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Time for a Year-End Tax Withholding Checkup by Nancy M. Valdes, CPA

Posted on December 01, 2017 by Nancy Valdes

As the end of the year approaches, individuals have a very limited amount of time to avoid an unexpected tax bill in 2018 by adjusting the amount of tax withheld from their salaries and paid directly to the IRS on their behalf.

Under the U.S.’s pay-as-you-go system of taxation, individuals pay most of their taxes during the year, as they receive income. These taxes can be paid either through quarterly estimated payments or, in the case salaried workers, by having their employer withhold income taxes automatically from their paychecks. The amount withheld will depend on an individual’s taxable earnings as well as his or her marital status, number of dependents and qualifying credits and deductions. Therefore, it is recommended that taxpayers annually update their W-4, Employee Withholding Allowance Certificates, to correspond with life events, such as marriage, divorce, death of a spouse, birth of child or having a child turn 19 (or 24 if he or she is a full-time student), which will affect the amount of taxes their employers withhold. In addition, the IRS recommends that the following taxpayers also consider conducting withholding checkups throughout the year.

  • Taxpayers who received large tax refunds in prior years. While taxpayers are often happy to receive a refund from the IRS, it may mean that they had too much money withheld from their pay during the year. Rather than giving earnings to the government in what could be considered an interest-free loan, taxpayers can instead change their withholding and have more money from their pay go directly into their pockets.
  • Taxpayers who owed taxes in years past. Just as individuals can have too much tax withheld from their paycheck, they may have too little withheld, which can lead to both a tax bill and an additional penalty.
  • Taxpayers with more than one job.  In today’s sharing economy, individuals who earn additional income from car driving services, such as Uber or Lyft, or who rent out rooms or apartments via Airbnb or other vacation rental service, must carefully check the total amount of taxes they have withheld to ensure it covers the total amount of taxes they owe based on combined income from all their jobs.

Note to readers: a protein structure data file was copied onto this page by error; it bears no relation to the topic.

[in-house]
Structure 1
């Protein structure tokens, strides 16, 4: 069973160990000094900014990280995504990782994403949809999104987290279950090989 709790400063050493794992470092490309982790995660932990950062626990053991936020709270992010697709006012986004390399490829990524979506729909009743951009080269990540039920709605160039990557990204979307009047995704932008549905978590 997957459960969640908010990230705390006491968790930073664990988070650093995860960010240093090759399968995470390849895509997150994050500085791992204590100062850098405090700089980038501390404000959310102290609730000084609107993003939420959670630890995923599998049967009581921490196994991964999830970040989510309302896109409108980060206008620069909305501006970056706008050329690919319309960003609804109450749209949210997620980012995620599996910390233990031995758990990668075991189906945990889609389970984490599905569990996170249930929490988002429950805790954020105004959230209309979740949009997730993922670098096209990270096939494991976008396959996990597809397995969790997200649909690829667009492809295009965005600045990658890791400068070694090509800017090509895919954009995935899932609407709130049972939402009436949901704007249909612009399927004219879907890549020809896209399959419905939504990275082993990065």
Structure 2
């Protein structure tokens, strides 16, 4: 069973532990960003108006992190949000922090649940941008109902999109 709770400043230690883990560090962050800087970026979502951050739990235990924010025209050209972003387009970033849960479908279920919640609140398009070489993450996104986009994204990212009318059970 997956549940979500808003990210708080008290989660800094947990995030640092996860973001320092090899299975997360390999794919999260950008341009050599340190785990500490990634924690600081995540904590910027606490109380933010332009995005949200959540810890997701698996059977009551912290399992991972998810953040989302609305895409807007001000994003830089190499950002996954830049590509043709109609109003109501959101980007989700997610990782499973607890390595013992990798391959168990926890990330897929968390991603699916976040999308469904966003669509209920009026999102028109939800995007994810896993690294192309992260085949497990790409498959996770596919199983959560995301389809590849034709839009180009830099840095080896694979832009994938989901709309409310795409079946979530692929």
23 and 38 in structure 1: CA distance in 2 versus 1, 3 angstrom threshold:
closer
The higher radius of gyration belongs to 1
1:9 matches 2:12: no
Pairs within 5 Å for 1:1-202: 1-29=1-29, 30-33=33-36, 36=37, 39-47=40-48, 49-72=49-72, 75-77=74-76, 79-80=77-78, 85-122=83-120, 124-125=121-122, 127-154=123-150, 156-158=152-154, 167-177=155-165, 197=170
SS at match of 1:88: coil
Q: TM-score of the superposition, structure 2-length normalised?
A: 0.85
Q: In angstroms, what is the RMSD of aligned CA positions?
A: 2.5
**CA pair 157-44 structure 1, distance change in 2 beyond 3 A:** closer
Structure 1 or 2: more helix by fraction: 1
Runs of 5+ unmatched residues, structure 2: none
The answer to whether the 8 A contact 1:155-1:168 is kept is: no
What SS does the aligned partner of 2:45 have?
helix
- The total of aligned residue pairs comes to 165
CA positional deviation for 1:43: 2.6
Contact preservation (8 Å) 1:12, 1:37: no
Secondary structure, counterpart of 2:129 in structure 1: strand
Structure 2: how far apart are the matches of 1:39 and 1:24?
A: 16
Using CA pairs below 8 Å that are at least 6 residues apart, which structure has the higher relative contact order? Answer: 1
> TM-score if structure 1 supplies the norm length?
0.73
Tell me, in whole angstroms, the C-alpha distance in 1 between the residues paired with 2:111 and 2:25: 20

• Taxpayers who make estimated tax payments. Self-employed taxpayers, partners or S Corporation shareholders who make quarterly estimated tax payments throughout the year but who also work for an employer, should consider whether they can have more tax taken out of their salary and forego the estimated tax payments.
  • Taxpayers with a new job.  The total amount of tax an individual has withheld from the salary from a new job must consider the income taxes they will owe from both the new and old jobs combined.\

To avoid a tax liability surprise next year, taxpayers may complete and submit to their employers a new Form W-4 before the end of the year in order to adjust the amount of federal income taxes taken from their final paychecks in 2017.

About the Author: Nancy M. Valdes, CPA, is a senior manager with Berkowitz Pollack Brant’s Tax Services practice, where she works with U.S. and foreign-based entrepreneurs and closely held businesses to manage cash flow, protect assets and maintain tax efficiency.  She can be reached at the CPA firm’s Miami office at (305) 379-7000 or via email at

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